My Turn: Nevada law gives state a greater say in Lake Tahoe decisions
Special to the Sun
LAKE TAHOE and#8212; As a longtime resident and Realtor who enjoys living in the Lake Tahoe area, Iand#8217;ve spent nearly 25 years dealing with friends, clients and colleagues who are frequently frustrated by regulations and red tape imposed by the Tahoe Regional Planning Agency.
Thanks to a new law signed last month by Gov. Brian Sandoval, things are about to get better.
Sandoval was wise to sign SB 271, a bill passed in the waning moments of the Nevada Legislature that would enable Nevada to withdraw from the TRPA if the stateand#8217;s concerns with the agency are not addressed in the near future.
For years, California has dominated the bi-state regulatory board, imposing confusing and onerous regulations that have done more to detract from the economy and quality of life at Lake Tahoe than they have to protect its crystal clear waters and unique environment.
The TRPAand#8217;s heavy-handed approach has made even the most routine development or home improvement project at Lake Tahoe a challenge.
To compound matters, the TRPAand#8217;s regional plan was last approved in 1987 and expired in 2007.
Nevada State Senators John Lee and James Settelmeyer, who were key sponsors of SB 271, said one of its primary goals is to push for an updated regional plan guiding development decisions around the lake.
Other highlights of the Nevada law include:
and#8226; If the TRPA does not adopt an updated regional plan for the Lake Tahoe area, and if amendments supported by Nevada are not approved by Oct. 1, 2015, Nevada can withdraw from the compact on that date, unless its governor issues a proclamation extending the deadline for withdrawal to Oct. 1, 2017.
and#8226; This bill does not automatically call for Nevadaand#8217;s withdrawal from TRPA, nor does it change the current structure of the agency. The only thing that would change is the voting structure if California and Congress adopt Nevadaand#8217;s amendments to the compact. Nevada and California will continue to have the same number of seats on the Governing Board that they have now.
and#8226; SB 271 eliminates the TRPAand#8217;s supermajority voting procedures that currently require four affirmative votes from Nevada and four affirmative votes from California. TRPAand#8217;s Governing Board has 14 voting members and one nonvoting member. Each state appoints seven members, with a nonvoting member appointed by the President.
and#8226; Under an amendment proposed by Nevada Secretary of State Ross Miller, TRPA rules would now require at least four affirmative votes from the state in which a project is located and nine affirmative votes total.
and#8226; The new law does not change Lake Tahoe water quality standards. The Nevada Division of Environmental Protection and the California Regional Water Quality Control Board, Lahontan Region, set the water quality standards at Lake Tahoe. This will not change.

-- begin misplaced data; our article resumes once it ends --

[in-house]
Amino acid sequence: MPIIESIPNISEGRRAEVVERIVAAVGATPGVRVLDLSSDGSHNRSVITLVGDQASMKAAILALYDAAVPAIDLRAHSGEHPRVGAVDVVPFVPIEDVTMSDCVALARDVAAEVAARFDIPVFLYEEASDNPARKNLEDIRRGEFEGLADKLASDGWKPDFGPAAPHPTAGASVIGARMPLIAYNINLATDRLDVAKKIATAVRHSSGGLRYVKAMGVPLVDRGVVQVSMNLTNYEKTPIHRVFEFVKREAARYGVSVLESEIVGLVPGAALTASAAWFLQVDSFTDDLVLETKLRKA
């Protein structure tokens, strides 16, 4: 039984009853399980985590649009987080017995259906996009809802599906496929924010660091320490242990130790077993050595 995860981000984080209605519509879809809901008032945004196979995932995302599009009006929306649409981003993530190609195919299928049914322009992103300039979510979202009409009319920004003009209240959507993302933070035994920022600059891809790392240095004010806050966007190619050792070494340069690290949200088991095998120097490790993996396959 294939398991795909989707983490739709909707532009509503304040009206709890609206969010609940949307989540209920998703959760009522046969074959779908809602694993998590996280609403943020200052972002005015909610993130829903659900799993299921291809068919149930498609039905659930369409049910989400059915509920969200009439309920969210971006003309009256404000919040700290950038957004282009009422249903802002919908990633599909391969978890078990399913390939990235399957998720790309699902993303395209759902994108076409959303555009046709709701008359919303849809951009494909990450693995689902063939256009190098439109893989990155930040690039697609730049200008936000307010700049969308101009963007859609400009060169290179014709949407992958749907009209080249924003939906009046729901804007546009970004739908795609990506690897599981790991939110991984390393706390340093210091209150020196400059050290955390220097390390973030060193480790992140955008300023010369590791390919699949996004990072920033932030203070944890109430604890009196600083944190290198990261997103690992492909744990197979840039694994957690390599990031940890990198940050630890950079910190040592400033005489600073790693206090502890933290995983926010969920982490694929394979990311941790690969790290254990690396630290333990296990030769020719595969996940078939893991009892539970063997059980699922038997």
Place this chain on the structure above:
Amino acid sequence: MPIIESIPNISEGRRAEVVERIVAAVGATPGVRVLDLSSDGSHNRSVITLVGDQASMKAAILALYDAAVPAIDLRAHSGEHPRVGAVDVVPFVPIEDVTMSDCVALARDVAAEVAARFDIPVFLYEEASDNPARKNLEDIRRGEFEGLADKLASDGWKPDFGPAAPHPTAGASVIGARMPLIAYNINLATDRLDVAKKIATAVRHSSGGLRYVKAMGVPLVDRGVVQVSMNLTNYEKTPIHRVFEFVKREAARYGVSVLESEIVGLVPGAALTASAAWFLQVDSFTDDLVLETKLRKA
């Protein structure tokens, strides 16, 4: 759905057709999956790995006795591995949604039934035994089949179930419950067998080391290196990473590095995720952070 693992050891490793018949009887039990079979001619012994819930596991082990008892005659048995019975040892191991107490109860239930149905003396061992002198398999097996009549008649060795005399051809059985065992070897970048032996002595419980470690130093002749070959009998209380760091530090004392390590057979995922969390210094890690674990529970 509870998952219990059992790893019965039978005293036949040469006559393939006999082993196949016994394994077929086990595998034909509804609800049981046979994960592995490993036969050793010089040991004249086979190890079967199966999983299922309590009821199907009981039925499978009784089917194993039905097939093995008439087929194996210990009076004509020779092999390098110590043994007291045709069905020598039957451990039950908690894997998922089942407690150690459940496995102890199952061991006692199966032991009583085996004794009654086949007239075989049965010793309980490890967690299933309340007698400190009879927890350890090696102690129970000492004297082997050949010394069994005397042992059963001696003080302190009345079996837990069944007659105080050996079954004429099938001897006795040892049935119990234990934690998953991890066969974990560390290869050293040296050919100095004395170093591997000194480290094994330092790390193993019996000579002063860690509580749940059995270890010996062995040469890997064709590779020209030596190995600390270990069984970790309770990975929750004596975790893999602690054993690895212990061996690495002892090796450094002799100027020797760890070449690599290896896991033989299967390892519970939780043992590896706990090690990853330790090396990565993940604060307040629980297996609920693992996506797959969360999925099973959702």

Nevada canand#8217;t act alone. If one state makes changes to the TRPA compact, the other stateand#8217;s legislature has to adopt those changes. Once both states have adopted those changes, they have to be ratified by Congress. So, any change Nevada makes to the TRPA compact must be approved by California and Congress.
Leaders on both sides of the lake still have a lot of work to do on this issue.
Senators Lee and Settelmeyer deserve our thanks for having the courage, strength and conviction to bring forth this legislation. The discussion was necessary because for too long the frustrations of homeowners at Lake Tahoe were swept under the rug. SB 271 brought those issues out in the open for all to consider.
Gov. Sandoval also deserves praise for his leadership on this issue. I personally know he was under tremendous pressure by those interested in the status quo to veto the bill. I know his love for the lake is strong, and like every Nevadan, that he does not want it harmed.
But at least this new law balances the scales and sends an important message to everyone and#8212; that Nevadaand#8217;s voice must be heard.
It tells our neighbors across the state line that we share their love of the lake and their deep desire to protect the environment.
This is about what is right for Lake Tahoe and the property owners like myself who love Lake Tahoe.
Mike Young, a longtime local Realtor with Chase International in Incline Village, is the president of the Nevada Association of Realtors, a professional trade association with nearly 15,000 members.
Richard Anderson, who has represented Truckee and eastern Nevada County’s District 5 since first being elected in 2012, has announced he will not seek re-election in 2020.